Pressure Vs Pain
Your body sees pressure vs pain as two different things.
So, your epidural doesn’t take away the PRESSURE of labor (meaning as the baby descends into your vagina and pelvis). At least, it doesn’t take it away as well as it does pain.
That being said — if you are feeling a fair amount of “pressure” — I’d let your providers know. They should work to help you be more comfortable.
How much pain will the epidural take away?
That all being said — Anesthesiologists aim to take away just 80% of the labor pain. I have a whole article on why that do they — so I will let you read that article I linked.
But it mainly allows you some pain feedback (important for your body), and ability to move yourself a bit.
And, 20% of labor can still be somewhat painful to people.
So, if you are feeling more pain than you would prefer ask to speak with the anesthesiologist.
Can my nurse fix the epidural?
While your nurse can do some things — things like:
- Push the “button” for some extra pain control (if your hospital has that type of pump)
- Adjust your positioning
There isn’t a whole lot they can (or frankly, should) do for your epidural.
Most adjustments need to be done by the provider who is monitoring your epidural. Which is usually an anethesiologist or a CRNA — which is like a nurse practitioner with anesthesiology training.
Sometimes patients have to be insistent to see the anesthesiologist. Most that I have worked with come quickly when a patient is in pain (as frankly, that’s their one job), but some put a lot of the effort on the nurse and don’t want to come.
Keep in mind that anesthesiology may be in the operating room with a cesarean section. So, they can’t always come RIGHT away — but should come within the hour to help you, I would hope. I would also hope your nurse lets you know if this is the case.
But, if you feel like your epidural is not working I would ask the nurse to please bring your anesthesiologist to the room. Hopefully that will get them to come.
How do they fix an epidural that isn’t working?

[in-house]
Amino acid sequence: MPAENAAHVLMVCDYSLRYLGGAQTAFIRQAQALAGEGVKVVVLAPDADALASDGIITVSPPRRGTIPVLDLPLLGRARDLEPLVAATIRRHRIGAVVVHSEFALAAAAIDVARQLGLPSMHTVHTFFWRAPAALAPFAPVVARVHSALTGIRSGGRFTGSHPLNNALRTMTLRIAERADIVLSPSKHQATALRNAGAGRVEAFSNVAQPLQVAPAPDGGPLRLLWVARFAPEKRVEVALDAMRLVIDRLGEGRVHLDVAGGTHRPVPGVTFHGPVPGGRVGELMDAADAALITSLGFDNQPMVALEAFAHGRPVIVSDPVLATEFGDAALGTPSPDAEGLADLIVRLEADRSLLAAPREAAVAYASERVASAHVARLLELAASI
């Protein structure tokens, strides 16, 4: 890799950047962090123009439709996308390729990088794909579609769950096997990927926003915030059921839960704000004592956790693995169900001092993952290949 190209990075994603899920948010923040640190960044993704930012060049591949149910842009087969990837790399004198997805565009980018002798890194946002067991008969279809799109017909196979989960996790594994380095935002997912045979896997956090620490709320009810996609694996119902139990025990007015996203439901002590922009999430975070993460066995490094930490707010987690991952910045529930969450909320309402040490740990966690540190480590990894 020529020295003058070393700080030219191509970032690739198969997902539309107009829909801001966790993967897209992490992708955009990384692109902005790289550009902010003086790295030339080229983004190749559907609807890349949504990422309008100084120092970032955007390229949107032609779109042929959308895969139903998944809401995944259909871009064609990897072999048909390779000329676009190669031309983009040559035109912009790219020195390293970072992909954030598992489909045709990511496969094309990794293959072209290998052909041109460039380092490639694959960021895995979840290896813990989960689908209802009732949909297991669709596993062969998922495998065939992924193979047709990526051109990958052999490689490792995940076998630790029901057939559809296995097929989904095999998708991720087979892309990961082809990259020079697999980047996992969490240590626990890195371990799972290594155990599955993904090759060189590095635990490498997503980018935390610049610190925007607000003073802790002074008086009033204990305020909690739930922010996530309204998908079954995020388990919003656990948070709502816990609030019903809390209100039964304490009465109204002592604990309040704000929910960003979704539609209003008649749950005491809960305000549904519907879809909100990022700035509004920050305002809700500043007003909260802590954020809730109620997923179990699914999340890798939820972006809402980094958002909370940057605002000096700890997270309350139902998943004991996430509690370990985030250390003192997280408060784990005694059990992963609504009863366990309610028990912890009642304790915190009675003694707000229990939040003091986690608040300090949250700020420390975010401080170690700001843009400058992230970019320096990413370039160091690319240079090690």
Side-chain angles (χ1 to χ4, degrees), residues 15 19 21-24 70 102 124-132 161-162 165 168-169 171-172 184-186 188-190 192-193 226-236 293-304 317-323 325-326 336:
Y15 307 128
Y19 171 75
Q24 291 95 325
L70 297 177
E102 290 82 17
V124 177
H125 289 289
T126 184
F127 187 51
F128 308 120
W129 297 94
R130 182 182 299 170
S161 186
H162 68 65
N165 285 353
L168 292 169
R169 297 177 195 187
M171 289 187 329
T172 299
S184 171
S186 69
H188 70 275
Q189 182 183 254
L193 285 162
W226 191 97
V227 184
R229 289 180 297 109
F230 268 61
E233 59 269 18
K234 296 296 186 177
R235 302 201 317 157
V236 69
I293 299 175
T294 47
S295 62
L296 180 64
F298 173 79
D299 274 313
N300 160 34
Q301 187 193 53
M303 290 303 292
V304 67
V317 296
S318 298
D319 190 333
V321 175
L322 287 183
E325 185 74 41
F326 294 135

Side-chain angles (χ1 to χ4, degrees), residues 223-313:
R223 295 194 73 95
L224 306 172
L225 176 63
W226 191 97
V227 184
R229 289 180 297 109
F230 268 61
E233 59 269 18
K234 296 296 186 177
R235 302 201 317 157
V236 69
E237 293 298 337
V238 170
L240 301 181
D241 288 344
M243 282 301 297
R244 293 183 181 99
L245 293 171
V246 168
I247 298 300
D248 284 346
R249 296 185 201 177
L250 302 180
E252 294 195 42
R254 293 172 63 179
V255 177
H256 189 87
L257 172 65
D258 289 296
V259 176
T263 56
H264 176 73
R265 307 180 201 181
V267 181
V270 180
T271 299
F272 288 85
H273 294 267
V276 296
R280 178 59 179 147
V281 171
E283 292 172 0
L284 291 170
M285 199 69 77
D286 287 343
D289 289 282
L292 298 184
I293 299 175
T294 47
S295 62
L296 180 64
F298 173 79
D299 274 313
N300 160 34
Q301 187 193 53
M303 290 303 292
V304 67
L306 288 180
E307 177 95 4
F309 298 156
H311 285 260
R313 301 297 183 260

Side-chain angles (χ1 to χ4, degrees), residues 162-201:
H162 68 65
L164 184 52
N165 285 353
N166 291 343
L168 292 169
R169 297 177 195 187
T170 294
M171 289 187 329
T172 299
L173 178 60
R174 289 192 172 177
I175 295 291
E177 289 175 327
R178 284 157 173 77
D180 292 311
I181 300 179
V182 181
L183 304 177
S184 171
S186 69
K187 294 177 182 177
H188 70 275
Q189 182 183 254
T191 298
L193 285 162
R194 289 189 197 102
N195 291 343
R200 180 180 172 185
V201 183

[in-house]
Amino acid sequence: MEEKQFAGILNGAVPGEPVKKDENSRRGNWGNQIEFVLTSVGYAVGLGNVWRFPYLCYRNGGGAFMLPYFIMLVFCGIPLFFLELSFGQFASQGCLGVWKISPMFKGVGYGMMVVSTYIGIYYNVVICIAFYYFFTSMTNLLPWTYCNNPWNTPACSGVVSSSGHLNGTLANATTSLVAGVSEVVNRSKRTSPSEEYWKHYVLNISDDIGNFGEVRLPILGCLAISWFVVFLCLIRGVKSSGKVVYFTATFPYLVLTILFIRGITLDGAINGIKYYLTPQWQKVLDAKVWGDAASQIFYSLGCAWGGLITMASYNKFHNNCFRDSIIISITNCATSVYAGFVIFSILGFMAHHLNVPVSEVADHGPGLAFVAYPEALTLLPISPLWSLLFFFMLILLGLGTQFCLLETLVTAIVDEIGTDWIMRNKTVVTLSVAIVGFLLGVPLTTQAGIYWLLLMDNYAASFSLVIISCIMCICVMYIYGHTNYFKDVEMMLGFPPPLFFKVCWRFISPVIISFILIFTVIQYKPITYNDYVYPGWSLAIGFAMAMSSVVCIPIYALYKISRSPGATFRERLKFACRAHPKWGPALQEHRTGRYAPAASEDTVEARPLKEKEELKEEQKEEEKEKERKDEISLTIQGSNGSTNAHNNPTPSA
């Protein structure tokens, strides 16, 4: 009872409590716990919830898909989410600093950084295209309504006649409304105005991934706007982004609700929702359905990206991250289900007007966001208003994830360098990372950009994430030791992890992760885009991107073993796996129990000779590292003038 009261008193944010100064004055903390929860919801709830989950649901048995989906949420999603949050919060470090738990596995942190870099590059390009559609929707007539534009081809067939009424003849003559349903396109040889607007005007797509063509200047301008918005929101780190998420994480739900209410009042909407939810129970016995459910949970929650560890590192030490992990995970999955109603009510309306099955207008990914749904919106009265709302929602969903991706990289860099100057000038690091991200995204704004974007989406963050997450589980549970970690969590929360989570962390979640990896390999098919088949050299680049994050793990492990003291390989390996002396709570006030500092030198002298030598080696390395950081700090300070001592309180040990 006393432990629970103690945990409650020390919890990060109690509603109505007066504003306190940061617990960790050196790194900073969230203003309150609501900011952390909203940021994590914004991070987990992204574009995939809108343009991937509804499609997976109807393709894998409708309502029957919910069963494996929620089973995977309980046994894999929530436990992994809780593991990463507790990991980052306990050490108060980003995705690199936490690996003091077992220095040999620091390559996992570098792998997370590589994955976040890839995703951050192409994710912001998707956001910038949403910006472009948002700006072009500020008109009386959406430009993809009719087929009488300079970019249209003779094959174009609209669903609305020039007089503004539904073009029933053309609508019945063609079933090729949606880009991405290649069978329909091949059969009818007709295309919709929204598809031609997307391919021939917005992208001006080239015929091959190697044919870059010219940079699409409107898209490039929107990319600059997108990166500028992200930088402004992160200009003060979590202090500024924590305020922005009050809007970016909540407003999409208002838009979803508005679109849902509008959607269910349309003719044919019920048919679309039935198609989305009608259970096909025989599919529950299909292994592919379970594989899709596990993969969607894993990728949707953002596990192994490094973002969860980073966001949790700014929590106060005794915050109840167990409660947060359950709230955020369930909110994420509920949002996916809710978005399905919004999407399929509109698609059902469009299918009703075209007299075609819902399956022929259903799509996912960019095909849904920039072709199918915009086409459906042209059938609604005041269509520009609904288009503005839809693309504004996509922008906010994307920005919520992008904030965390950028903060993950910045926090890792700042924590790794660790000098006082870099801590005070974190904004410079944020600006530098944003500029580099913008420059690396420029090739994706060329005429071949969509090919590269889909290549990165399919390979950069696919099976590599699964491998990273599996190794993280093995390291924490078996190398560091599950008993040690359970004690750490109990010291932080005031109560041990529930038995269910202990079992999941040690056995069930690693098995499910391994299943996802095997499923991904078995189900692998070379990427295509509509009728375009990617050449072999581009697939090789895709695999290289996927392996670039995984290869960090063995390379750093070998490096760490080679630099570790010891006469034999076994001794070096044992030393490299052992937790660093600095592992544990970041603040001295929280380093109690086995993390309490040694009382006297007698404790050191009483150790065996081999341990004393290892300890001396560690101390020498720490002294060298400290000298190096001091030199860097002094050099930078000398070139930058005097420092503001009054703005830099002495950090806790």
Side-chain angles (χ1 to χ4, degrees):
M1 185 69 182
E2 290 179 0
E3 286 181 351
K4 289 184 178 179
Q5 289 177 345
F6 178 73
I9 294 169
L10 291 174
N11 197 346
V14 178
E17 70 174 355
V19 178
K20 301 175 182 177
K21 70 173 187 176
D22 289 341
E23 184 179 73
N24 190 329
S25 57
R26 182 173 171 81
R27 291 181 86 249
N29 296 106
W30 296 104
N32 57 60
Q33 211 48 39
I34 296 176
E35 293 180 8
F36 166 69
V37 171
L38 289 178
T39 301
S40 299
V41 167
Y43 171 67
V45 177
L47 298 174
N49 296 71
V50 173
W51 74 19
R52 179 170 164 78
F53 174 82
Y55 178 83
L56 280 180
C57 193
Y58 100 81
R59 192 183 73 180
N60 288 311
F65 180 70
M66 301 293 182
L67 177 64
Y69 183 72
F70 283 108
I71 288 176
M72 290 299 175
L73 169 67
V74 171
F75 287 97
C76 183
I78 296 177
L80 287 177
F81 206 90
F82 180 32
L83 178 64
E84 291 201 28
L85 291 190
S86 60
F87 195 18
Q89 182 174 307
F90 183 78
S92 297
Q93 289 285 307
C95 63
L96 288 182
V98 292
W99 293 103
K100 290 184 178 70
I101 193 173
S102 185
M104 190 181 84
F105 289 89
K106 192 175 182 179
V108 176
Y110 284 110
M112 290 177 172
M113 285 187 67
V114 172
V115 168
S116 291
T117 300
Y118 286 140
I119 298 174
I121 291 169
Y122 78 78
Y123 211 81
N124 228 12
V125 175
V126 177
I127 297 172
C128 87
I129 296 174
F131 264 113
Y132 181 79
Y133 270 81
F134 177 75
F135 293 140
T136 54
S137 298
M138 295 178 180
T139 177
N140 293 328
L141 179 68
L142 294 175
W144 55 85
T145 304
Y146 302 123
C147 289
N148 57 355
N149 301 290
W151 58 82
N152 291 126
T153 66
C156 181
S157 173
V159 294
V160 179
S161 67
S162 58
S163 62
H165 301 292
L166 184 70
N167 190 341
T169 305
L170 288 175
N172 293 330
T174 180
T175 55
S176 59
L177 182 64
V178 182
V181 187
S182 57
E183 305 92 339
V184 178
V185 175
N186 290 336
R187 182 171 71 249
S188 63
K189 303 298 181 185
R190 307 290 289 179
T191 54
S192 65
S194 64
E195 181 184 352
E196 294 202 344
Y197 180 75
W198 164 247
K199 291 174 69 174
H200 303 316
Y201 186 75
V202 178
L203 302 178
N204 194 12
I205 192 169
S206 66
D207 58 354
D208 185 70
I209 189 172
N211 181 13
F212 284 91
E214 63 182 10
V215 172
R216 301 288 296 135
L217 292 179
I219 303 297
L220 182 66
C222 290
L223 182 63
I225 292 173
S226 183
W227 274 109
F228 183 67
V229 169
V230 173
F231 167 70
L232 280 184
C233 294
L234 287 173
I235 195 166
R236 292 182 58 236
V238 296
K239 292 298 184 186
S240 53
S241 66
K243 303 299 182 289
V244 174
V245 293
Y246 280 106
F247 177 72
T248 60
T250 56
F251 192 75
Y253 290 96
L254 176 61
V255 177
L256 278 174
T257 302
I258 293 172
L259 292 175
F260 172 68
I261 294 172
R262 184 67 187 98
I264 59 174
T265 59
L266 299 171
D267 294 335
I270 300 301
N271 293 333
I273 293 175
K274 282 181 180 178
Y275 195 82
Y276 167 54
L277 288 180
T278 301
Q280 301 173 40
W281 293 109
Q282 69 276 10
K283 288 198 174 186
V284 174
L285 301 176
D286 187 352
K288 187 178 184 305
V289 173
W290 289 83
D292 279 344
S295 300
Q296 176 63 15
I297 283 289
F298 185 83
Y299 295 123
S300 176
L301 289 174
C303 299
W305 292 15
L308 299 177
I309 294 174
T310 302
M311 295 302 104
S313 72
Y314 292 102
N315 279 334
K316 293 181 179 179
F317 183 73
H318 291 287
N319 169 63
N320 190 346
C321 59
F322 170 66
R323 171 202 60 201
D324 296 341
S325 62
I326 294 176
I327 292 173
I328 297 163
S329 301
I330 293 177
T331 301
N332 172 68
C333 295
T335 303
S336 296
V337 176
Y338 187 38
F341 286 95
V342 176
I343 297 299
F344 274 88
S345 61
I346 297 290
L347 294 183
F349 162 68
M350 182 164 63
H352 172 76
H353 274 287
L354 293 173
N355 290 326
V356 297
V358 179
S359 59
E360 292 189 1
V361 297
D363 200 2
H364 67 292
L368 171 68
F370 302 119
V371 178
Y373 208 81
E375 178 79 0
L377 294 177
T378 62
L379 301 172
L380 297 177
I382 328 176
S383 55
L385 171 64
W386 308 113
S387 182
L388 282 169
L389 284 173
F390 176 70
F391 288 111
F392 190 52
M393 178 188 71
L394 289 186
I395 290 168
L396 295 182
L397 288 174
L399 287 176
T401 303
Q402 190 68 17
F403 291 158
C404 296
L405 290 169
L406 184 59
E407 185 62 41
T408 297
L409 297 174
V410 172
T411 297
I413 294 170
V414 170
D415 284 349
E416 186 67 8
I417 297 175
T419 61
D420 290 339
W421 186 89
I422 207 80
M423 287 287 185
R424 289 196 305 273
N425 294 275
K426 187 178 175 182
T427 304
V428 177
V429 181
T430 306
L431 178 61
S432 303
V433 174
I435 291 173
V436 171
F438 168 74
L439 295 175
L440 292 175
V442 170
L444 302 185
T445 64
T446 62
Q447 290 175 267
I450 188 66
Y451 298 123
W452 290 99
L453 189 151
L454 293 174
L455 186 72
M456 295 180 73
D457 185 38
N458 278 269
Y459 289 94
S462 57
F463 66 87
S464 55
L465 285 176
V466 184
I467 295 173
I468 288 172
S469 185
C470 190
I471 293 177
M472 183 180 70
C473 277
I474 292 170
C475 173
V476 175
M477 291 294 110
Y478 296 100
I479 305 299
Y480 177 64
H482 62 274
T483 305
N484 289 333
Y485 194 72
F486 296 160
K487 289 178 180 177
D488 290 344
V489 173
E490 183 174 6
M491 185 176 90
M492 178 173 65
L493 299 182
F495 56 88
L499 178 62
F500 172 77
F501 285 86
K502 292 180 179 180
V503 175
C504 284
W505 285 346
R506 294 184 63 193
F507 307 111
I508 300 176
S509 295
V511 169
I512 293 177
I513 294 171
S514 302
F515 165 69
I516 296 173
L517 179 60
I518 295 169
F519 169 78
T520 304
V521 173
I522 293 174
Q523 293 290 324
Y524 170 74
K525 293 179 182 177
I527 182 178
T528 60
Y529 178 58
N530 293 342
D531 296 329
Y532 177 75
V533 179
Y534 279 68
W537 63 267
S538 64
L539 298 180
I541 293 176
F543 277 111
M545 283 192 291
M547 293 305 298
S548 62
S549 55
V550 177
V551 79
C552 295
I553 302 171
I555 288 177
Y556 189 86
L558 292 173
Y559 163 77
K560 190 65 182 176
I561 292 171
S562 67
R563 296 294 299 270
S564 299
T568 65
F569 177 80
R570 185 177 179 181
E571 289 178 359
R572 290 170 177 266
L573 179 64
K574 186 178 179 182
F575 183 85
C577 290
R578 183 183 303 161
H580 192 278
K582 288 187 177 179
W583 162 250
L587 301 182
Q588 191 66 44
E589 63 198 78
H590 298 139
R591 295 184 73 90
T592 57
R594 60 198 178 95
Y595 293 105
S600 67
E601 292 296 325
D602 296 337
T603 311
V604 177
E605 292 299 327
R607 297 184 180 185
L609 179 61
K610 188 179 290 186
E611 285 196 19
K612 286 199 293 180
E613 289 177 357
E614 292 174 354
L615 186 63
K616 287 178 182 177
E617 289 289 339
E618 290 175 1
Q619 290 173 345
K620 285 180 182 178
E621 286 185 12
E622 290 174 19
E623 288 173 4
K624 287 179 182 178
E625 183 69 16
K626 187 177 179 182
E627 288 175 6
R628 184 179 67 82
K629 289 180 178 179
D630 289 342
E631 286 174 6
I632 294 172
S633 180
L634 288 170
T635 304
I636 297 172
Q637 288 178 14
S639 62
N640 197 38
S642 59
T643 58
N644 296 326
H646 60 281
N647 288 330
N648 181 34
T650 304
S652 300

First off, they will check your levels — see if you are numb and how much it is affecting. Often this is done with ice or an alcohol prep pad. Just to see where your feeling is disappearing at.
They will also ask if you ever got pain relief. If your level of pain ever changed.
If you never got any relief they will likely need to re-do it. Which, while painful to think about may ultimately help you get your end goal of less pain.
If you got good relief but it has stopped they may increase your medication, or pull the tube in your back out a bit (in case it got “kinked”).
That would be up to them.
What if I am still in pain in labor
There are a few things to consider:
- That my be your 80% — which is why I recommend everyone have some pain management techniques up their sleeve (and I do have a bonus video that teaches you some in my class)
- Hopefully you are progressing quickly. Soemtimes the epidural just can’t keep up with how fast the baby is coming
- It could be pressure — like me and my hip
- Ask again to speak with the anesthesiologist. You are paying them a LOT of money to become comfortable, and they should make every effort for you to get at that 80%
Pro-Tip: A good indicator is your legs. If a patient is complaining of pain but unable to move their legs at all — the epidural is likely working well and that is pain that you will need to tolerate.
How often do epidurals not work?
There is always a good amount of fear that the epidural won’t work.
The setting-up phase (the first hour) can be hard as one side of your body becomes more numb than the rest of you.
However, I find it fairly rare that an epidural doesn’t work.
That being said — as nurses we know which anesthesiologists are better than others. Some doctors just don’t work as well. That means they don’t do placement as well, or they use medication that doesn’t work as well overall.
Your job is to advocate for yourself. Let the nurse know what you’re feeling.
But, don’t let the fear of the future dictate how you’re feeling now.
Plan for an epidural that works wonderfully you not only won’t have to experience the fear that the epidural won’t work but you will likely have one that does!
Ok, I’d love to join you in my ENTIRE lesson on labor pain management in here. That course is…
- Taught by an expert
- Quick — can be done in 3 hours
- Simple — no crazy medical mumbo-jumbo, let’s just get you prepared!
And, if you’re not quite sure you’re ready for that whole thing, check out my free prenatal class. It’s your first step toward getting in the driver’s seat of your birth.
- About the Author
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A nurse since 1997, she has worked in various fields including pediatrics, geriatrics & hospice. She has 20 years of labor and delivery experience in the San Jose, CA and Phoenix, AZ areas.
As an evidence-based prenatal educator Hilary has delivered thousands of babies and has educated hundreds of thousands of parents from a diverse patient population to help them have a confident birth.